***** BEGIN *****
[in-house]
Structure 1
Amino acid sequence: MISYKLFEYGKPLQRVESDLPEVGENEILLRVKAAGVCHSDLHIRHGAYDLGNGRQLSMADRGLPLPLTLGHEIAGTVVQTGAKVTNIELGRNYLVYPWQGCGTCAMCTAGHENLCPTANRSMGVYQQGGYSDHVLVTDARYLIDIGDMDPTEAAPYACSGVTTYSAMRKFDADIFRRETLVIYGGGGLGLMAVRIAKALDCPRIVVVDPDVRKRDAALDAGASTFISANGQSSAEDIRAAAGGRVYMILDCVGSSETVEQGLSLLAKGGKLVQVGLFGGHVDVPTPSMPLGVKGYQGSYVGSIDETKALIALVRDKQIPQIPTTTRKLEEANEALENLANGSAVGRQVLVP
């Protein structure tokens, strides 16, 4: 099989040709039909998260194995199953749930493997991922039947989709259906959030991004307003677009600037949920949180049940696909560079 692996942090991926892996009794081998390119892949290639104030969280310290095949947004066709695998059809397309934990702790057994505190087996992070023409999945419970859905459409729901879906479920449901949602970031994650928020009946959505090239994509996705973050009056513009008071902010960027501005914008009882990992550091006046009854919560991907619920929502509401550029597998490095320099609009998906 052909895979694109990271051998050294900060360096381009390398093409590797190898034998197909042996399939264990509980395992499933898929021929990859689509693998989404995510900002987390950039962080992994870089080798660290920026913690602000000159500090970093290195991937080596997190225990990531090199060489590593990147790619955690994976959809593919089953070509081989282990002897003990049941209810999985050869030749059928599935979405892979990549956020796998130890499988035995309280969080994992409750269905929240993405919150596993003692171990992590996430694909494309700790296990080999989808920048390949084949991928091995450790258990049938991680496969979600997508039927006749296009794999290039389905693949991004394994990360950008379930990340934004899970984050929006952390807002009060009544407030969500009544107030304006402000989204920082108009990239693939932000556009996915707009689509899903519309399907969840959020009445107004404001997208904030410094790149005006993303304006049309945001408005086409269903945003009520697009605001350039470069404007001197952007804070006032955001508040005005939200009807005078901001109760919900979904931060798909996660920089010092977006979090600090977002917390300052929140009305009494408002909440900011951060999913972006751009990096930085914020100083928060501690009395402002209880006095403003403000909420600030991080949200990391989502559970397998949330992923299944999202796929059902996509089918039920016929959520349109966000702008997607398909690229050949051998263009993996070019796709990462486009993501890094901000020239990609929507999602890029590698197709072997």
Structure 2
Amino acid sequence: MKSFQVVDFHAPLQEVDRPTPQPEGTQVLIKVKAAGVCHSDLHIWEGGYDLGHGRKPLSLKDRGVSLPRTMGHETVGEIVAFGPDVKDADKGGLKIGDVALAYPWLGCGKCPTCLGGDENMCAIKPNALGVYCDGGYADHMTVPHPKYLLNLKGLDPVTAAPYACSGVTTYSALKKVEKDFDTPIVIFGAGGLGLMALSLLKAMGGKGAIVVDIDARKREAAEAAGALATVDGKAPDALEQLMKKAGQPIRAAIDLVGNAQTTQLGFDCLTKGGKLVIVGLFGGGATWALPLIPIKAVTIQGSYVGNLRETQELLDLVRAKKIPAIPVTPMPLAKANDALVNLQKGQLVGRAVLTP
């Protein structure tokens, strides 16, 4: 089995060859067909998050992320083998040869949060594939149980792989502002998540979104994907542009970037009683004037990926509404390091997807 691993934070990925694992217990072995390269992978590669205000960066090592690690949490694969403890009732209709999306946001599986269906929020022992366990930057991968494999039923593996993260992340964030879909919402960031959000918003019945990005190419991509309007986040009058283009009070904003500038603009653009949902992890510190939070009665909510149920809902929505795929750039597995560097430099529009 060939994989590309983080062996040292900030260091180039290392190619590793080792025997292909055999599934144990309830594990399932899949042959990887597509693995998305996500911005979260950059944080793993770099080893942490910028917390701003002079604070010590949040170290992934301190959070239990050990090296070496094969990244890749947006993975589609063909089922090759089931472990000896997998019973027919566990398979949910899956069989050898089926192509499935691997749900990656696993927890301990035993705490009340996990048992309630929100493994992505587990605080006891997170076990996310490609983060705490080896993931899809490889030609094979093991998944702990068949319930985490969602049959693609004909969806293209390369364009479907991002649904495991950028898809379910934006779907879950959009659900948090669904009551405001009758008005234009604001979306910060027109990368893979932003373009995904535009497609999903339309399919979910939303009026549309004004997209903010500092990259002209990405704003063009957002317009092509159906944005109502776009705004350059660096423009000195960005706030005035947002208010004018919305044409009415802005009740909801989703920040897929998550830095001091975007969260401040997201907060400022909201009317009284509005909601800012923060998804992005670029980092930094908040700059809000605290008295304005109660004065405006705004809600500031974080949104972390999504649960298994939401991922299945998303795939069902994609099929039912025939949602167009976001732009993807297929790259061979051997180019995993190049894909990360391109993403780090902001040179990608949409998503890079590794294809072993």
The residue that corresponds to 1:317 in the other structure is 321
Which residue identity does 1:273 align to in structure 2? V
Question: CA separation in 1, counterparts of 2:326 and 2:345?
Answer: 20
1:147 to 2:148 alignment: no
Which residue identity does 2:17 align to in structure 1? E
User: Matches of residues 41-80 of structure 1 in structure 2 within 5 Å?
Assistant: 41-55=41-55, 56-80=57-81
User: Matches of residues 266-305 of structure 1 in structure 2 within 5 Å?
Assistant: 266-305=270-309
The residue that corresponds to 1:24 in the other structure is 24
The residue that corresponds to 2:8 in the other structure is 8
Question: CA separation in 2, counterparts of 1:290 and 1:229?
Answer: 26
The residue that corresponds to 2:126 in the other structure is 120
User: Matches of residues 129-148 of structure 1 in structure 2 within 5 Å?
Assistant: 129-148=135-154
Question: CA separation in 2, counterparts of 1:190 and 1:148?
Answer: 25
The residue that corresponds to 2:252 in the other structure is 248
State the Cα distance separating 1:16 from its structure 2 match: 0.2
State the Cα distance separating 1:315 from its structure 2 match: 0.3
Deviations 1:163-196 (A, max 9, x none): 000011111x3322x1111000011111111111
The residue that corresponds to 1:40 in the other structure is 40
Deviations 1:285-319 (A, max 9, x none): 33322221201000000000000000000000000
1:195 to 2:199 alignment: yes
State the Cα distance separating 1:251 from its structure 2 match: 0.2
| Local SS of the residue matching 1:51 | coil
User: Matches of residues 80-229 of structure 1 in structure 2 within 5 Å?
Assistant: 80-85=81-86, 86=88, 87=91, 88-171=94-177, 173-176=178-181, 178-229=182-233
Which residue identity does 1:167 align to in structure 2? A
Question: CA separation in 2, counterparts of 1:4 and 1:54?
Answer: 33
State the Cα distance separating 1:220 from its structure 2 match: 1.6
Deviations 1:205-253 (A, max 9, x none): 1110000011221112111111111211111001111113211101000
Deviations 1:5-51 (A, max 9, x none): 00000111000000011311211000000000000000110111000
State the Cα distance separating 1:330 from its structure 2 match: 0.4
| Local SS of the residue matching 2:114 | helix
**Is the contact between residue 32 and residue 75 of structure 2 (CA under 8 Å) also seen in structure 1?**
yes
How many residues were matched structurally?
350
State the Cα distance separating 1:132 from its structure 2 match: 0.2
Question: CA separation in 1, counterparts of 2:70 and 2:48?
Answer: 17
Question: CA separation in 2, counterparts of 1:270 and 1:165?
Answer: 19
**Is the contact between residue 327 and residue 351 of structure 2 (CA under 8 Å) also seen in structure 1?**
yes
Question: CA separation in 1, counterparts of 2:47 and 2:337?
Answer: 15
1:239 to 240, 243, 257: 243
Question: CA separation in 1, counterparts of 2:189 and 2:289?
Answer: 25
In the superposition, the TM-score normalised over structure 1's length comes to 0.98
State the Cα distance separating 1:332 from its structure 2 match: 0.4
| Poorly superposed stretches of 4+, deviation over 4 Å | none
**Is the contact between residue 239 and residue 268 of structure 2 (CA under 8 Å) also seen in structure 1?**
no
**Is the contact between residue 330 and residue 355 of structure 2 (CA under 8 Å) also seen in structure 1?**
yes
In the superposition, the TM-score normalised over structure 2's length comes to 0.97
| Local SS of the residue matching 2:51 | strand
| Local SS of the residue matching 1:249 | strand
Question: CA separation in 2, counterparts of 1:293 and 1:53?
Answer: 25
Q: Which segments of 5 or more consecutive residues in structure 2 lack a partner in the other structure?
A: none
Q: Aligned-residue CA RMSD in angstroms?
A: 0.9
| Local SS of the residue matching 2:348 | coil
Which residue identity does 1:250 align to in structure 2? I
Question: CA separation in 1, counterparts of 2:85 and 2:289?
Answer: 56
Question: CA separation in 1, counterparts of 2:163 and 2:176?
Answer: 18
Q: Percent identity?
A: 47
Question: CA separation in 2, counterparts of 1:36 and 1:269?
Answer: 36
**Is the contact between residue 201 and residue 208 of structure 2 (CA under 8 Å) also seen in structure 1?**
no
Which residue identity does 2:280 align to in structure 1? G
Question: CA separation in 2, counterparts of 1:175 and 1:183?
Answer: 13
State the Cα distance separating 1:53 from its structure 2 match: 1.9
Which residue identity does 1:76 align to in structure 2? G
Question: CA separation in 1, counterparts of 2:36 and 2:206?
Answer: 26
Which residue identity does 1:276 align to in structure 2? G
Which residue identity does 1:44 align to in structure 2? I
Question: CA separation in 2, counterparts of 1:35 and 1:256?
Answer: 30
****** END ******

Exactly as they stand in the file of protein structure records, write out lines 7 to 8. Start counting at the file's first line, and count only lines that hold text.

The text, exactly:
């Protein structure tokens, strides 16, 4: 089995060859067909998050992320083998040869949060594939149980792989502002998540979104994907542009970037009683004037990926509404390091997807 691993934070990925694992217990072995390269992978590669205000960066090592690690949490694969403890009732209709999306946001599986269906929020022992366990930057991968494999039923593996993260992340964030879909919402960031959000918003019945990005190419991509309007986040009058283009009070904003500038603009653009949902992890510190939070009665909510149920809902929505795929750039597995560097430099529009 060939994989590309983080062996040292900030260091180039290392190619590793080792025997292909055999599934144990309830594990399932899949042959990887597509693995998305996500911005979260950059944080793993770099080893942490910028917390701003002079604070010590949040170290992934301190959070239990050990090296070496094969990244890749947006993975589609063909089922090759089931472990000896997998019973027919566990398979949910899956069989050898089926192509499935691997749900990656696993927890301990035993705490009340996990048992309630929100493994992505587990605080006891997170076990996310490609983060705490080896993931899809490889030609094979093991998944702990068949319930985490969602049959693609004909969806293209390369364009479907991002649904495991950028898809379910934006779907879950959009659900948090669904009551405001009758008005234009604001979306910060027109990368893979932003373009995904535009497609999903339309399919979910939303009026549309004004997209903010500092990259002209990405704003063009957002317009092509159906944005109502776009705004350059660096423009000195960005706030005035947002208010004018919305044409009415802005009740909801989703920040897929998550830095001091975007969260401040997201907060400022909201009317009284509005909601800012923060998804992005670029980092930094908040700059809000605290008295304005109660004065405006705004809600500031974080949104972390999504649960298994939401991922299945998303795939069902994609099929039912025939949602167009976001732009993807297929790259061979051997180019995993190049894909990360391109993403780090902001040179990608949409998503890079590794294809072993």
The residue that corresponds to 1:317 in the other structure is 321